The purpose of this study was to evaluate the changes of left stellate ganglionic nerve activity (SGNA) and left thoracic vagal nerve activity (VNA) after acute myocardial infarction (MI).
Whether MI results in remodeling of extracardiac nerve activity remains unclear.
We implanted radiotransmitters to record the SGNA, VNA, and electrocardiogram in 9 ambulatory dogs. After baseline monitoring, MI was created by 1-h balloon occlusion of the coronary arteries. The dogs were then continuously monitored for 2 months. Both stellate ganglia were stained for growth-associated protein 43 and synaptophysin. The stellate ganglia from 5 normal dogs were used as control.
MI increased 24-h integrated SGNA from 7.44 ± 7.19 Ln(Vs)/day at baseline to 8.09 ± 7.75 Ln(Vs)/day after the MI (p < 0.05). The 24-h integrated VNA before and after the MI was 5.29 ± 5.04 Ln(Vs)/day and 5.58 ± 5.15 Ln(Vs)/day, respectively (p < 0.05). A significant 24-h circadian variation was noted for the SGNA (p < 0.05) but not the VNA. The SGNA/VNA ratio also showed significant circadian variation. The nerve densities from the left SG were 63,218 ± 34,719 μm2/mm2 and 20,623 ± 4,926 μm2/mm2 for growth-associated protein 43 (p < 0.05) and were 32,116 ± 8,190 μm2/mm2and 16,326 ± 4,679 μm2/mm2 for synaptophysin (p < 0.05) in MI and control groups, respectively. The right SG also showed increased nerve density after MI (p < 0.05).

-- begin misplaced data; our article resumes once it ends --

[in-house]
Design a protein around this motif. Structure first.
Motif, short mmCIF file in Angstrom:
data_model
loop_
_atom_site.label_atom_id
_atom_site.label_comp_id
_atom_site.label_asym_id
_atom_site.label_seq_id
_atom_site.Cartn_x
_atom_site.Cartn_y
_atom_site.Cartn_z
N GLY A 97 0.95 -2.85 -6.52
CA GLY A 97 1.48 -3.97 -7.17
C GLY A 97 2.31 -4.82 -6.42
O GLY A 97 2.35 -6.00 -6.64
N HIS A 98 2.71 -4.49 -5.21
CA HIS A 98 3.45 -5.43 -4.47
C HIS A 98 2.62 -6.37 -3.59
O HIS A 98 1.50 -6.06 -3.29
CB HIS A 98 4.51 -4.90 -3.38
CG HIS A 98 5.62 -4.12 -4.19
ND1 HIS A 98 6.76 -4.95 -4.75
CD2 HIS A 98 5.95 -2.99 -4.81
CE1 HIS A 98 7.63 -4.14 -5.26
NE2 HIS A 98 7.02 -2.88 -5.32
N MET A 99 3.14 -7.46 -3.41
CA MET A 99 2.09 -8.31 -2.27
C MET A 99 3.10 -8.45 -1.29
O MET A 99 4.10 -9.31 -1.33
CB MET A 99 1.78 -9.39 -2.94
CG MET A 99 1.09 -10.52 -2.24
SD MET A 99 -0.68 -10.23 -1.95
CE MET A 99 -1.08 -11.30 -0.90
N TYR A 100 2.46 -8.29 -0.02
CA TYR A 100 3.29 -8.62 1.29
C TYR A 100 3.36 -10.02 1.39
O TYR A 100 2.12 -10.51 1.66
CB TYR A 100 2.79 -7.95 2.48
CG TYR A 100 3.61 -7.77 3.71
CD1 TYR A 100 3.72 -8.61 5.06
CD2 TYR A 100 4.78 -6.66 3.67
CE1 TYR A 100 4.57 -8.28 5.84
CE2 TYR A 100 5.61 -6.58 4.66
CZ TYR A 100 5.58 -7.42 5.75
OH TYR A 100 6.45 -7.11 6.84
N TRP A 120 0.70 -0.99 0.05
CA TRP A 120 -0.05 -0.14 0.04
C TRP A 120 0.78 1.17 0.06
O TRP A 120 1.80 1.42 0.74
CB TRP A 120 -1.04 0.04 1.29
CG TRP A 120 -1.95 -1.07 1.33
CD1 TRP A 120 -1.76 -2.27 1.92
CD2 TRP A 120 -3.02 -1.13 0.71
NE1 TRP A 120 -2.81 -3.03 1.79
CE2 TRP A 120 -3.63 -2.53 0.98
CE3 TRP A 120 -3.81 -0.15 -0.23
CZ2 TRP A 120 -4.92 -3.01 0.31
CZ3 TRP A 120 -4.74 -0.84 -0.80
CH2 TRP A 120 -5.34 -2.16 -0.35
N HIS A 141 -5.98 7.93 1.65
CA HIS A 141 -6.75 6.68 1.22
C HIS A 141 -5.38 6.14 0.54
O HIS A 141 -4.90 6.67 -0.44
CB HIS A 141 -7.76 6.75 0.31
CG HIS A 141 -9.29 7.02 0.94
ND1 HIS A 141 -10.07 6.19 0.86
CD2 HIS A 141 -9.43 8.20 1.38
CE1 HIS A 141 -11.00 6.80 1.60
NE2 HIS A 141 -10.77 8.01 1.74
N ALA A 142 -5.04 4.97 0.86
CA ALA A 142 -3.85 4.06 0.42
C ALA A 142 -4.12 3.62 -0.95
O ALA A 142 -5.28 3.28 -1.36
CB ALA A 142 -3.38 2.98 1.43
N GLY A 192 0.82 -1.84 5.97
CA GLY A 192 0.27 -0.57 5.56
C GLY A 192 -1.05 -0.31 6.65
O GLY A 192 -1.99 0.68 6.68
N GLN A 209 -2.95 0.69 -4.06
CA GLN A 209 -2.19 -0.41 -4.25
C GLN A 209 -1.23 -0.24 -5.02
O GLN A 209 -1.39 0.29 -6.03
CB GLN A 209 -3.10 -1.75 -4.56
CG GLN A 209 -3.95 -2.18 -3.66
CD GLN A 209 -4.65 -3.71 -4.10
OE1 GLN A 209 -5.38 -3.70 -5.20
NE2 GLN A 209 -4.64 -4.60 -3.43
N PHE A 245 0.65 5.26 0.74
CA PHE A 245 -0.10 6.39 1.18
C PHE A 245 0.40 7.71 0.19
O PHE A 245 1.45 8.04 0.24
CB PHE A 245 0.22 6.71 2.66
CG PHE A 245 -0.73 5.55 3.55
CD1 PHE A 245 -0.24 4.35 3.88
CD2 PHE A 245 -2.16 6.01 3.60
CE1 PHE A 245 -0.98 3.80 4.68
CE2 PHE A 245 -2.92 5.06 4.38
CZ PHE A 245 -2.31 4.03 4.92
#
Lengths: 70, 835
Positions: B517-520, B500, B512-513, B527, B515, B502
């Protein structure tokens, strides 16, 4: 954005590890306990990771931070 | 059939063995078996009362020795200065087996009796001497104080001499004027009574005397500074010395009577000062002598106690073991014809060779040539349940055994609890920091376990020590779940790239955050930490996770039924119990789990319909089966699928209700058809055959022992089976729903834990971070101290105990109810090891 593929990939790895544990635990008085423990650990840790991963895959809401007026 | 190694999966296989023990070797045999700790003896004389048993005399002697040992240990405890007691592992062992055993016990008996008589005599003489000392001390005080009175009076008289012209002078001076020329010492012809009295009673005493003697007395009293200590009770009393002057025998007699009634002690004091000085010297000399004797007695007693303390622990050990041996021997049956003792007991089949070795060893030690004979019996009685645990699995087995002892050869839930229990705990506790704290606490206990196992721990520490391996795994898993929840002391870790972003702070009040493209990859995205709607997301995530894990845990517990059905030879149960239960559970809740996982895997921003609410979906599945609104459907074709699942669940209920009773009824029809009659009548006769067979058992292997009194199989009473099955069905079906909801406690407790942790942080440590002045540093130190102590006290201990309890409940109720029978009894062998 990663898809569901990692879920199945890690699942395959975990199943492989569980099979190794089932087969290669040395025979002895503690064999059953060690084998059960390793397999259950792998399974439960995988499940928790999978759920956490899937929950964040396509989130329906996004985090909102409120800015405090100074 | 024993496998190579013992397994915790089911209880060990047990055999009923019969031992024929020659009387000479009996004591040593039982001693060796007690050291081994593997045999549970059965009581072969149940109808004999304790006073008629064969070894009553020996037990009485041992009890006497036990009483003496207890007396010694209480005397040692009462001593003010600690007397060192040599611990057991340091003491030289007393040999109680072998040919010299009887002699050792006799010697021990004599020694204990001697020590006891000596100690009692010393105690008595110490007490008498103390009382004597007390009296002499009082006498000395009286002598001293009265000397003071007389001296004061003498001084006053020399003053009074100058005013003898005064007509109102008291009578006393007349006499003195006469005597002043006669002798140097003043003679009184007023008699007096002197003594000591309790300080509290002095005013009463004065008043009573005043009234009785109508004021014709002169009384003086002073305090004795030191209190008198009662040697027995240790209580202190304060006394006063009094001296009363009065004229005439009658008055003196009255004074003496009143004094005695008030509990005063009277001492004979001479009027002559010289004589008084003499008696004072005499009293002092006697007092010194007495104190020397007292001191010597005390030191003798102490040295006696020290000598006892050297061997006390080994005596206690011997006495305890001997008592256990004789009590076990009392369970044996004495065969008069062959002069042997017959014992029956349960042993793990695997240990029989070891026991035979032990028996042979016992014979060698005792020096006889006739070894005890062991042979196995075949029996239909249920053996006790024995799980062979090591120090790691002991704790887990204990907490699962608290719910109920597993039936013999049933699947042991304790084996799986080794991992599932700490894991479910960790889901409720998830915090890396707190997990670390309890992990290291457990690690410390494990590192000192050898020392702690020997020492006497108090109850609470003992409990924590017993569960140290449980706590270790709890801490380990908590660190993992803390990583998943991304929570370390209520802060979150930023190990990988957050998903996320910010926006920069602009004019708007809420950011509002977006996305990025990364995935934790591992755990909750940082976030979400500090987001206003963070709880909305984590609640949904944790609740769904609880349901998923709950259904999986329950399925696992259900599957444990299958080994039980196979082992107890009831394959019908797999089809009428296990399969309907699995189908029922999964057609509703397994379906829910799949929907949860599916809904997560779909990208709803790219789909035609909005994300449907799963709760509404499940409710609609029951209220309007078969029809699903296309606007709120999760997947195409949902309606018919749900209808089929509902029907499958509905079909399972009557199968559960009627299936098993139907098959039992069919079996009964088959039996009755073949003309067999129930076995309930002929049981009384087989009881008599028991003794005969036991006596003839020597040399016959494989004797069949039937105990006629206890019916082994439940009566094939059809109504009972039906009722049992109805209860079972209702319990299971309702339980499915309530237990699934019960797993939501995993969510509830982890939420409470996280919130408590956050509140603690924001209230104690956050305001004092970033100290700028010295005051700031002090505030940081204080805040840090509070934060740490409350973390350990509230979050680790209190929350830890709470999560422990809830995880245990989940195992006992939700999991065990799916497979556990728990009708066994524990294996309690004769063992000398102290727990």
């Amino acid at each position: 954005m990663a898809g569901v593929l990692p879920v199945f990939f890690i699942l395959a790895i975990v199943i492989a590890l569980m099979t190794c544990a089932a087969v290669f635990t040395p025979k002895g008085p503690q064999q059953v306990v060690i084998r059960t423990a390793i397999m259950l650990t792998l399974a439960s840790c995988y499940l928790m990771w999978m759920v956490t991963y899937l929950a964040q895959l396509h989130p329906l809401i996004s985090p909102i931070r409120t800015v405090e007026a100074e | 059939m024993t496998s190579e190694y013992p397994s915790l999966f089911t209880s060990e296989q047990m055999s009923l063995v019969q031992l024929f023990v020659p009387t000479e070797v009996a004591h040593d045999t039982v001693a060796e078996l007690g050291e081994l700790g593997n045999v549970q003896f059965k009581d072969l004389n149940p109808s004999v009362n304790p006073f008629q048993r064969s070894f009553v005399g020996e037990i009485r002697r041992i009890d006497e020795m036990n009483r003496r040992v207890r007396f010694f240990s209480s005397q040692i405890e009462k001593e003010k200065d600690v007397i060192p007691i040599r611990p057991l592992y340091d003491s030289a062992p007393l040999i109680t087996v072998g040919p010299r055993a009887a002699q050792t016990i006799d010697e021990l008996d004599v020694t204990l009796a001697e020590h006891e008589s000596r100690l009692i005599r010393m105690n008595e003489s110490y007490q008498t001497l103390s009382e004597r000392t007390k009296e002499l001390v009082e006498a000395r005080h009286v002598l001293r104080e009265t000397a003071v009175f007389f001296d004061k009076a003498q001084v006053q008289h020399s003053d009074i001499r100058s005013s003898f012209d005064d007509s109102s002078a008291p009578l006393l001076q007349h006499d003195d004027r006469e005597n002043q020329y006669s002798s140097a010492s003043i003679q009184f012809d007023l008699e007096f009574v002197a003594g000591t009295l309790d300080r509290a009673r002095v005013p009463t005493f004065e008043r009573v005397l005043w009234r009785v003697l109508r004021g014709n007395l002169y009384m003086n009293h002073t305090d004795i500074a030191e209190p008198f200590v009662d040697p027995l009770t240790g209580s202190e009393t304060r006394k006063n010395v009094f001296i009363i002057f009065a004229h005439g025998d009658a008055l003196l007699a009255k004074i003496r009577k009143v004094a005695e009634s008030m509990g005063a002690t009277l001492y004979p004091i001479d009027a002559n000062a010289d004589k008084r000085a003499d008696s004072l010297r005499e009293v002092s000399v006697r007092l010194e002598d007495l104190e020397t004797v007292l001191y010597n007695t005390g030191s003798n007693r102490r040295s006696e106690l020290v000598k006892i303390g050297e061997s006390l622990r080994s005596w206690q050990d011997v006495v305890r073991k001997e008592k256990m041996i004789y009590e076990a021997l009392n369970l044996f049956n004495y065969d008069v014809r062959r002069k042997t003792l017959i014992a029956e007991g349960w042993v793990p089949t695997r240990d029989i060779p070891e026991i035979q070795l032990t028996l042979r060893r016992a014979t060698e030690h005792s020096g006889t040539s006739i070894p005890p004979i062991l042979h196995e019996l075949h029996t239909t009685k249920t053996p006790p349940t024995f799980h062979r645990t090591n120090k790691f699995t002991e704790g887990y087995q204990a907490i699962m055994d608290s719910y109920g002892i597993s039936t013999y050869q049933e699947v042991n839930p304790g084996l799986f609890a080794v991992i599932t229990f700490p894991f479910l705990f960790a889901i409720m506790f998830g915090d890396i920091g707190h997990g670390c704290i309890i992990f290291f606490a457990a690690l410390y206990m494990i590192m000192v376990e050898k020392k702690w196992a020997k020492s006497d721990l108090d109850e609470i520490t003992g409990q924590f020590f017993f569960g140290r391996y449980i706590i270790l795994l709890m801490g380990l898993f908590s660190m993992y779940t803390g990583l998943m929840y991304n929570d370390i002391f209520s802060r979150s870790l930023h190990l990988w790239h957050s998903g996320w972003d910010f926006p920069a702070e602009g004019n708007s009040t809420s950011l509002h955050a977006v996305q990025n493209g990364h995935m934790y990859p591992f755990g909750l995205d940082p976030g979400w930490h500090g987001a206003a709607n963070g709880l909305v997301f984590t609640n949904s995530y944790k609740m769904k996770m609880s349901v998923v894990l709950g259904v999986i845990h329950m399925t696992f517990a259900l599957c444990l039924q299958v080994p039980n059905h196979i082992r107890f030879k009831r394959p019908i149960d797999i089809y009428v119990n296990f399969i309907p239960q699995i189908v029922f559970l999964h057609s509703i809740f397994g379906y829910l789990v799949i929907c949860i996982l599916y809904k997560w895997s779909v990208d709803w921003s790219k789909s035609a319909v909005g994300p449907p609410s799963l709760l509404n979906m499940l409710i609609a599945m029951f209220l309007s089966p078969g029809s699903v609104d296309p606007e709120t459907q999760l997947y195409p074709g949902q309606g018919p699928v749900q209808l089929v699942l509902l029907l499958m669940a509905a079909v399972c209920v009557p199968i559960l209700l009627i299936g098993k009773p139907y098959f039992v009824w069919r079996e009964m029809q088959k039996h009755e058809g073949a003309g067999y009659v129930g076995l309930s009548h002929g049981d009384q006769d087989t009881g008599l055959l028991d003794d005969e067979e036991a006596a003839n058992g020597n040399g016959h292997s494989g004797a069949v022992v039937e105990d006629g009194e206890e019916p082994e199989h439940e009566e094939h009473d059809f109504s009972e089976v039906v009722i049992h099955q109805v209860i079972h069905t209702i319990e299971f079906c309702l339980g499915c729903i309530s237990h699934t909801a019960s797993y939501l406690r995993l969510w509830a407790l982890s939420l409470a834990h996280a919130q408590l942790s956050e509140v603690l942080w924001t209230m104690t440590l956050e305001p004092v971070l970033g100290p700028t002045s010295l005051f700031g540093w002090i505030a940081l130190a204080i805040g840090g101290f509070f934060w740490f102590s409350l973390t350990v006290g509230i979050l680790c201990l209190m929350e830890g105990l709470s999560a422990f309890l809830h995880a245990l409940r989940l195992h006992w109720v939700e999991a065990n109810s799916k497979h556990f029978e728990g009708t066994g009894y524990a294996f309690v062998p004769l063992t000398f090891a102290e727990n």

MI results in persistent increase in the synaptic density of bilateral stellate ganglia and is associated with increased SGNA and VNA. There is a circadian variation of the SGNA/VNA ratio. These data indicate significant remodeling of the extracardiac autonomic nerve activity and structures after MI.